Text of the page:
Study links brain injuries with homelessness
Brain injury could be a significant risk factor for people becoming homeless, according to a charity study.
In its research The Disabilities Trust Foundation found almost half of homeless people had a brain injury and 90 per cent sustained their injury before becoming homeless.
It now wants to work with councils and housing associations to support homeless people with these injuries.
The charity asked 75 homeless men and 25 homeless women in Leeds whether they had experienced traumatic brain injury and, if so, when the blow to the head occurred and how severe it was. Forty eight per cent said they had experienced TBI.
The findings were then compared to data from a group of people from Leeds who were not homeless. Twenty-one per cent of these had suffered TBI.
The charity – which supports people with disabilities - has set up a helpline for homeless people in Leeds and wants to expand its work to other cities.
Deborah Fortescue, head of the charity, said: ‘Training for the professionals who work with [homeless people] is vital, as people with a brain injury need to have specialised support to regain their skills and confidence.’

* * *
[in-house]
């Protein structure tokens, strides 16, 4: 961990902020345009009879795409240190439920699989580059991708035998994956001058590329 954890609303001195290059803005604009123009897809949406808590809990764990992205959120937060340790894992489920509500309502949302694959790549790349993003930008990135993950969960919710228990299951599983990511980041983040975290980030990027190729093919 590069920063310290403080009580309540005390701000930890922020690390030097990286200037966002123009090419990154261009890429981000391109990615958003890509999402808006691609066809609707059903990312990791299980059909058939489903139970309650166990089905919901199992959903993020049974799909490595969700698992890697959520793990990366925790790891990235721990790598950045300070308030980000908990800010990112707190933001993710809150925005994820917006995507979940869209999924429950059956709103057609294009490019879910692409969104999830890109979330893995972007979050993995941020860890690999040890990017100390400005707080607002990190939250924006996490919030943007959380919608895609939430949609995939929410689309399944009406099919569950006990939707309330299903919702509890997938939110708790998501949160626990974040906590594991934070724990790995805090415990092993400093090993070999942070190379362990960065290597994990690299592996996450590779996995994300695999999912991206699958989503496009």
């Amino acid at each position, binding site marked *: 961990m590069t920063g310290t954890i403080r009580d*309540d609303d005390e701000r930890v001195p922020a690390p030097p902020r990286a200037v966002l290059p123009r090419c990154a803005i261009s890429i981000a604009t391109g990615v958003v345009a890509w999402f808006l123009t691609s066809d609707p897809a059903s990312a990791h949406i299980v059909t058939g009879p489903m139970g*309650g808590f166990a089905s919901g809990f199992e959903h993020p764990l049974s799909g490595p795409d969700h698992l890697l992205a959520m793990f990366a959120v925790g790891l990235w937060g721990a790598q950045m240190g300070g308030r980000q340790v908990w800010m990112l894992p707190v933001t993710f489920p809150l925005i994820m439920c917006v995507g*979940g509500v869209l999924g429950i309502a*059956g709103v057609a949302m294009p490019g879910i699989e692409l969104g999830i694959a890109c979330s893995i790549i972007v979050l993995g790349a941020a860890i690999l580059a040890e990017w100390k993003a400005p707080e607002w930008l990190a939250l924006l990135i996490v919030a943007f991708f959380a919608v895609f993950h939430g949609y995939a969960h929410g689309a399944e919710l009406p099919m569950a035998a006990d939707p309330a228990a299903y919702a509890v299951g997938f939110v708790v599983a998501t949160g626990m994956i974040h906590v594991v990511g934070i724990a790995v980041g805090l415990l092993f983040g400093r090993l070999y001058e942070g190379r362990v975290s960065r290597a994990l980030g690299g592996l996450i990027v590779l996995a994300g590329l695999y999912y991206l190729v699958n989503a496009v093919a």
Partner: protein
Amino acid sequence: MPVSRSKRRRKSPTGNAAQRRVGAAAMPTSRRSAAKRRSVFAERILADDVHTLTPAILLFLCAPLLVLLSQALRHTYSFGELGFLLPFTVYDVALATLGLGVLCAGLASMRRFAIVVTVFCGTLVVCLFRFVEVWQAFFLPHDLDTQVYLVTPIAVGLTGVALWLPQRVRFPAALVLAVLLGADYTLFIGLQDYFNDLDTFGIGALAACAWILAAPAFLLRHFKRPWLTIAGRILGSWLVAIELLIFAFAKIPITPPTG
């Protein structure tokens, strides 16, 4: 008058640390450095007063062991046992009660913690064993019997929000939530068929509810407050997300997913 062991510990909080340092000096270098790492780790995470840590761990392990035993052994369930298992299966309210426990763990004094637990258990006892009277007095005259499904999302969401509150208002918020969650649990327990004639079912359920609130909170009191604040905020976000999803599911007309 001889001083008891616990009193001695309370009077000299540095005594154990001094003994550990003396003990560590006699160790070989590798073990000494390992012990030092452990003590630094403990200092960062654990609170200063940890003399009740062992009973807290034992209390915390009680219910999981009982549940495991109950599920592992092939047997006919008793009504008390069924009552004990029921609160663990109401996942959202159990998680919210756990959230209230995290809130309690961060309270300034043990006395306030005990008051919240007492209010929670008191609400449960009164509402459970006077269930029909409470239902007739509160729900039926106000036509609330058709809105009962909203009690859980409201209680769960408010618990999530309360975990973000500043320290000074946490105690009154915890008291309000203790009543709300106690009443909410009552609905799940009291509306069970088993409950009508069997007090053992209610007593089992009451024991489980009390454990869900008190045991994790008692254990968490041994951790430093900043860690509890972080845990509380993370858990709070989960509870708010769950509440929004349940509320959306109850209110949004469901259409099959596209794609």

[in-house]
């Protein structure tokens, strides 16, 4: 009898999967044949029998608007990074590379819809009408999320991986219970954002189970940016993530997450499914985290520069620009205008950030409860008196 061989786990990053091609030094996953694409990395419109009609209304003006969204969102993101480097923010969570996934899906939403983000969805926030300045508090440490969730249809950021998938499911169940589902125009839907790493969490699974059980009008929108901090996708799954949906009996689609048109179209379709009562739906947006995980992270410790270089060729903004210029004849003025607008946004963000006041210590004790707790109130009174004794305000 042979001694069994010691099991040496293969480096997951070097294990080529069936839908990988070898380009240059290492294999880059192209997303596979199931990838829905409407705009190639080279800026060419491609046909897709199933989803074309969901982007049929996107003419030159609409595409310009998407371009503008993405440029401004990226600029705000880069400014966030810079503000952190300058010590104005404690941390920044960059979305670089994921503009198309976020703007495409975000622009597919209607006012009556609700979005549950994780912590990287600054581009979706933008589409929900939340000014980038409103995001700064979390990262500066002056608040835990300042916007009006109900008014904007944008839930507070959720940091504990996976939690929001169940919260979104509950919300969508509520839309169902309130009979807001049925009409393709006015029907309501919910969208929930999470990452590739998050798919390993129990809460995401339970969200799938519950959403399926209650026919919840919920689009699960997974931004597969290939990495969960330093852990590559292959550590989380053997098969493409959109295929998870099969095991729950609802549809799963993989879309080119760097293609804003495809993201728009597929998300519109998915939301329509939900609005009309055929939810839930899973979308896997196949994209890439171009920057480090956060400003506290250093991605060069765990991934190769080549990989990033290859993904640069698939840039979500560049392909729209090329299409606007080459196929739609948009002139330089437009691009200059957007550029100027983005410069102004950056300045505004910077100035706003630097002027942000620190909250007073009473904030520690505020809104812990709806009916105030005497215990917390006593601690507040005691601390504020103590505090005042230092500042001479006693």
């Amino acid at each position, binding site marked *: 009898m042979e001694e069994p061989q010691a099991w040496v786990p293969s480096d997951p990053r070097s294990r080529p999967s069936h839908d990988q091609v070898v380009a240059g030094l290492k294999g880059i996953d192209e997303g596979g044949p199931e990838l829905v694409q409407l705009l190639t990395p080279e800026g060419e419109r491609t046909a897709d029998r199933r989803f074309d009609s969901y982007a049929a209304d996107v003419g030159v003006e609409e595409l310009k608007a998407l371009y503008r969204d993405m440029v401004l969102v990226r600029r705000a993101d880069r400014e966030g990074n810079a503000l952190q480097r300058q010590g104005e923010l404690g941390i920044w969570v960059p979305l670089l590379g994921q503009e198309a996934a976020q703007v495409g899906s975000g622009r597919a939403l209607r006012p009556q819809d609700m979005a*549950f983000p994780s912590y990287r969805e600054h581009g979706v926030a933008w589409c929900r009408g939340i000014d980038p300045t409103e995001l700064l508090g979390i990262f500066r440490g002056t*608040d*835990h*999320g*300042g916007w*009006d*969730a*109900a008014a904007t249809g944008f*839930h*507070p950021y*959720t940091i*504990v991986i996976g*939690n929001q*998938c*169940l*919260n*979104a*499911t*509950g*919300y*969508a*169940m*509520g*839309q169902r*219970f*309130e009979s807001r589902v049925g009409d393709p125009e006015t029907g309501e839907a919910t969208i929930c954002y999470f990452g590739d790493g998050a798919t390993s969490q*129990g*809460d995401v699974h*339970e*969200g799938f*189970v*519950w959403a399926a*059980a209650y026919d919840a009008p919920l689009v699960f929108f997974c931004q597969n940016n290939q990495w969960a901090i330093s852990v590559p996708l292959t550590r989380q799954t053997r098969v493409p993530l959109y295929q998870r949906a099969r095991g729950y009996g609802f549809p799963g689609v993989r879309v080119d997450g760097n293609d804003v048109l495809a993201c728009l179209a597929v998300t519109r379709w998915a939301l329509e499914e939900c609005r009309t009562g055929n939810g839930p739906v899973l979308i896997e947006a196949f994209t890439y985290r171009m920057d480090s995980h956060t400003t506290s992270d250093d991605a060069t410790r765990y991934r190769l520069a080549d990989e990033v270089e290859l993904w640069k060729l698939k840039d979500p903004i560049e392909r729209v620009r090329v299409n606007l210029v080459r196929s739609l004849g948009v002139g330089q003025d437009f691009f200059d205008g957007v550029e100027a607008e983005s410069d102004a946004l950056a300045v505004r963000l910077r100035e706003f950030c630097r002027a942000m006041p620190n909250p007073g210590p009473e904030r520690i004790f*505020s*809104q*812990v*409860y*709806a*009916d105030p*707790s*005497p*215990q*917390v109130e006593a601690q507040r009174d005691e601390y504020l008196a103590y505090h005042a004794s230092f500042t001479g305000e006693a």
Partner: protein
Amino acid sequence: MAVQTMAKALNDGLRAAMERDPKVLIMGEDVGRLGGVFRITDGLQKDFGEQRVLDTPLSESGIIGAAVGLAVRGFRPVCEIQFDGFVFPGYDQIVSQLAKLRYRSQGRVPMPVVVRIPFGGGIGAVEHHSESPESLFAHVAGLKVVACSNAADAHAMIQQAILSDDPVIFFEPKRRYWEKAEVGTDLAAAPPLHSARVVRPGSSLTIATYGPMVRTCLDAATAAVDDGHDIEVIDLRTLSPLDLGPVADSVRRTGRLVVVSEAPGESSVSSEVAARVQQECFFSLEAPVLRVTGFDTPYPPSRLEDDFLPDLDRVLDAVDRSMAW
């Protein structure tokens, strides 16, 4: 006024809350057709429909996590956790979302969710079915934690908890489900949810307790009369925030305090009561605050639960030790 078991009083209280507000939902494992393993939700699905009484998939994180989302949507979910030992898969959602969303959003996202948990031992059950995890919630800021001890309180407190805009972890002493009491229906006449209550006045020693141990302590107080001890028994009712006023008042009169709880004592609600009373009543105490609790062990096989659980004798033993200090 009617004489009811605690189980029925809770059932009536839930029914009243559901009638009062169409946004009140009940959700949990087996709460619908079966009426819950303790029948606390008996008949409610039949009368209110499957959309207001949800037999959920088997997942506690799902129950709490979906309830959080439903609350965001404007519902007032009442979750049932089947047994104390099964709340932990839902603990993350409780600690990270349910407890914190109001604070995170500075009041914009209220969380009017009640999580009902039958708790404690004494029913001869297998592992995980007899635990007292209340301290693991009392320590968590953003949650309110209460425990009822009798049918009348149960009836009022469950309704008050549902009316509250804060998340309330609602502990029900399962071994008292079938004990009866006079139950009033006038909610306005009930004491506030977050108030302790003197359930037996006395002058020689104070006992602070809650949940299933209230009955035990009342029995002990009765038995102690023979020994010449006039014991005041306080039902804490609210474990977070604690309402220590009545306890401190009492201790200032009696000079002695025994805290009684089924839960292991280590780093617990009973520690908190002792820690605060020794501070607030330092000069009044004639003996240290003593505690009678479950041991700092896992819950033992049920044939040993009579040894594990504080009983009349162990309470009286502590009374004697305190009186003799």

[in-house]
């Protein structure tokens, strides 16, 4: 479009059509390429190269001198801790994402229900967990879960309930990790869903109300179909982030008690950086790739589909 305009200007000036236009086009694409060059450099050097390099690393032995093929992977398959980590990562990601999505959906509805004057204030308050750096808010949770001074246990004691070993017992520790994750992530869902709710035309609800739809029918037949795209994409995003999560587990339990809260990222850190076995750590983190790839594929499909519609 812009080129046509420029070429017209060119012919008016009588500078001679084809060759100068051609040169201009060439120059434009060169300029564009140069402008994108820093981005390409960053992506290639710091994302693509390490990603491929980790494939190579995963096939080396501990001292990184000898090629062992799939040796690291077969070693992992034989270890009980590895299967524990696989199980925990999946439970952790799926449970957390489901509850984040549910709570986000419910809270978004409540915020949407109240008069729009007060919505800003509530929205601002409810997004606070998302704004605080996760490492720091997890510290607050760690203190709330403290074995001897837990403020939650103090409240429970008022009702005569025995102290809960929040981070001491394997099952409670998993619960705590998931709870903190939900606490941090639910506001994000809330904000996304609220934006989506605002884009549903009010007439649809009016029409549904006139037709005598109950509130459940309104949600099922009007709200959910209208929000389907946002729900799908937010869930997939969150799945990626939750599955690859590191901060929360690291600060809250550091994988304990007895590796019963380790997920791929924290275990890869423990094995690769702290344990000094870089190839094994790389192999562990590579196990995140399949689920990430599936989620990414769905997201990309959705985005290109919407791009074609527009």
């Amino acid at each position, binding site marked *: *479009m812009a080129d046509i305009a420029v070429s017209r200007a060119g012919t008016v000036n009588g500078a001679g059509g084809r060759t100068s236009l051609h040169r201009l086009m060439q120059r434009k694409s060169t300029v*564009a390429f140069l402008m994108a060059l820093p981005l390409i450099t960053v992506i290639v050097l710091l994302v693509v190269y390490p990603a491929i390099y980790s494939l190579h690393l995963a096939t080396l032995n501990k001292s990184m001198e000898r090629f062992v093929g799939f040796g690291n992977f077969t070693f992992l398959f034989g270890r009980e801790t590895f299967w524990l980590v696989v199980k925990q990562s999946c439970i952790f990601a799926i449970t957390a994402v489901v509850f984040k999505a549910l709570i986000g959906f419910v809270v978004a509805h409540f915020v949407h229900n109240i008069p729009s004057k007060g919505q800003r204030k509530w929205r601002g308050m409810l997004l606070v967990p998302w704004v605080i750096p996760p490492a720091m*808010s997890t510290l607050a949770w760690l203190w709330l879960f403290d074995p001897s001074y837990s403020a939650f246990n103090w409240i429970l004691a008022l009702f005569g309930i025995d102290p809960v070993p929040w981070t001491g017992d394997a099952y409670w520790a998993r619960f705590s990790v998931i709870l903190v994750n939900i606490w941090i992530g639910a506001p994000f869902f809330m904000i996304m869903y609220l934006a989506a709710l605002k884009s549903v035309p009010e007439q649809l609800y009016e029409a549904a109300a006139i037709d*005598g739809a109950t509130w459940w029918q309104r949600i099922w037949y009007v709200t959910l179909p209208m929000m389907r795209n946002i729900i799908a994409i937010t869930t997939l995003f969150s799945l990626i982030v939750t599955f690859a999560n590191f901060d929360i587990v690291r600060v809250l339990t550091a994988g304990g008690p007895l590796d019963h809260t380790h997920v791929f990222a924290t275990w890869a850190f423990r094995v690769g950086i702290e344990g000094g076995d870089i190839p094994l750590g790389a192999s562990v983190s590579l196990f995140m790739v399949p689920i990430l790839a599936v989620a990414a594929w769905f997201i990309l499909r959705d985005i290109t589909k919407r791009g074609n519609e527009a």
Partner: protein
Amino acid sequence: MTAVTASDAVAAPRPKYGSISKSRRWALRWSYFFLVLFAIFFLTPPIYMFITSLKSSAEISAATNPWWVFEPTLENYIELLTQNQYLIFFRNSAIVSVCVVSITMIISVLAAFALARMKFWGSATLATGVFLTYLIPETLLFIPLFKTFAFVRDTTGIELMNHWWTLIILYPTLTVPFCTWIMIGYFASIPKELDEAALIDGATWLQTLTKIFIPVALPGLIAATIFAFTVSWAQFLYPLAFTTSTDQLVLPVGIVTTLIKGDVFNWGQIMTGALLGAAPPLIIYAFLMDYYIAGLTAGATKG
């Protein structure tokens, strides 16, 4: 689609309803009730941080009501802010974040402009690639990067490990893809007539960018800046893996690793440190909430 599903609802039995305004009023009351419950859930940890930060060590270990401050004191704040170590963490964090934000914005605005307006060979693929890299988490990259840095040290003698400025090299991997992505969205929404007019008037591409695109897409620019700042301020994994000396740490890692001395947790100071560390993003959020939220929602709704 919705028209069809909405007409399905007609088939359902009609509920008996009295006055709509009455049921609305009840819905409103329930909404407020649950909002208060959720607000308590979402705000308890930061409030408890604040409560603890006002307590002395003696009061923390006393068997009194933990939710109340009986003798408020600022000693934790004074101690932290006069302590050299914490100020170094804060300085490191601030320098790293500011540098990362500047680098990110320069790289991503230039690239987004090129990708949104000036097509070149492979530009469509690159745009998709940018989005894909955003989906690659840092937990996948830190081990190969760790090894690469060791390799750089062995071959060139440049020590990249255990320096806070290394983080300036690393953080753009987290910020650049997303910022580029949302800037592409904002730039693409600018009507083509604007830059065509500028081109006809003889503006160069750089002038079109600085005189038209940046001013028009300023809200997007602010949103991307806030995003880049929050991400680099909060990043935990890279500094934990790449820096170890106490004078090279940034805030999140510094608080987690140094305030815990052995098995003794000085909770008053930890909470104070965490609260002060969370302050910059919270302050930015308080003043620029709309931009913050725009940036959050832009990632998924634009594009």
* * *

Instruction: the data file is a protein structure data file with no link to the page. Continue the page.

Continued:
The study was carried out by Professor Michael Oddy for the trust as part of a series of projects on the impact of ‘hidden’ disabilities, and it reflects the findings of a 2008 study of homeless people in Toronto, Canada. That research found 53 per cent of homeless people had sustained a brain injury.
The foundation is planning further research in Glasgow on the possible link between brain injury and homelessness, which will track medical records and compare them with homelessness information.
The report’s findings
Of the 48 per cent of homeless people in the study who had experienced a TBI:
- 90 per cent of these reported that their first injury had been sustained prior to becoming homeless
- 60 per cent had experienced more than one brain injury – over twice as many as in the control sample (24 per cent)
- the average age when the homeless person first received a brain injury was 19.
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